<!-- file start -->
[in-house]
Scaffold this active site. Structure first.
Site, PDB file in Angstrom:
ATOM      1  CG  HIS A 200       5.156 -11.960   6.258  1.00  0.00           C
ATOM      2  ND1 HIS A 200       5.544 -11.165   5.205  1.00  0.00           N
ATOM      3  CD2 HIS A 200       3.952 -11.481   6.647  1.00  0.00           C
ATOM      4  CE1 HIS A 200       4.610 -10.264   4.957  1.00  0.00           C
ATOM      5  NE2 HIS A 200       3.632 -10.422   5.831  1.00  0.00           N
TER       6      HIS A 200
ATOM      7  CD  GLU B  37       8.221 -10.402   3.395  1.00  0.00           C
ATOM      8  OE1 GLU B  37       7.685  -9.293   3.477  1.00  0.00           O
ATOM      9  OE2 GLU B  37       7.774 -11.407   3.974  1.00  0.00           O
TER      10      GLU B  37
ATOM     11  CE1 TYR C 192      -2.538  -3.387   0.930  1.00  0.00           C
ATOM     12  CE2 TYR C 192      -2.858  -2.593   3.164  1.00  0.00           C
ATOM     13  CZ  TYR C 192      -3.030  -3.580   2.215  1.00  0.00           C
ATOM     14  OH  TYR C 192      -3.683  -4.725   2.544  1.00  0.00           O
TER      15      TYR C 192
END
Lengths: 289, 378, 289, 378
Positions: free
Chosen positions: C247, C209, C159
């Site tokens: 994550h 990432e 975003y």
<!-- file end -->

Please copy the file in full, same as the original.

[in-house]
Scaffold this active site. Structure first.
Site, PDB file in Angstrom:
ATOM      1  CG  HIS A 200       5.156 -11.960   6.258  1.00  0.00           C
ATOM      2  ND1 HIS A 200       5.544 -11.165   5.205  1.00  0.00           N
ATOM      3  CD2 HIS A 200       3.952 -11.481   6.647  1.00  0.00           C
ATOM      4  CE1 HIS A 200       4.610 -10.264   4.957  1.00  0.00           C
ATOM      5  NE2 HIS A 200       3.632 -10.422   5.831  1.00  0.00           N
TER       6      HIS A 200
ATOM      7  CD  GLU B  37       8.221 -10.402   3.395  1.00  0.00           C
ATOM      8  OE1 GLU B  37       7.685  -9.293   3.477  1.00  0.00           O
ATOM      9  OE2 GLU B  37       7.774 -11.407   3.974  1.00  0.00           O
TER      10      GLU B  37
ATOM     11  CE1 TYR C 192      -2.538  -3.387   0.930  1.00  0.00           C
ATOM     12  CE2 TYR C 192      -2.858  -2.593   3.164  1.00  0.00           C
ATOM     13  CZ  TYR C 192      -3.030  -3.580   2.215  1.00  0.00           C
ATOM     14  OH  TYR C 192      -3.683  -4.725   2.544  1.00  0.00           O
TER      15      TYR C 192
END
Lengths: 289, 378, 289, 378
Positions: free
Chosen positions: C247, C209, C159
């Site tokens: 994550h 990432e 975003y």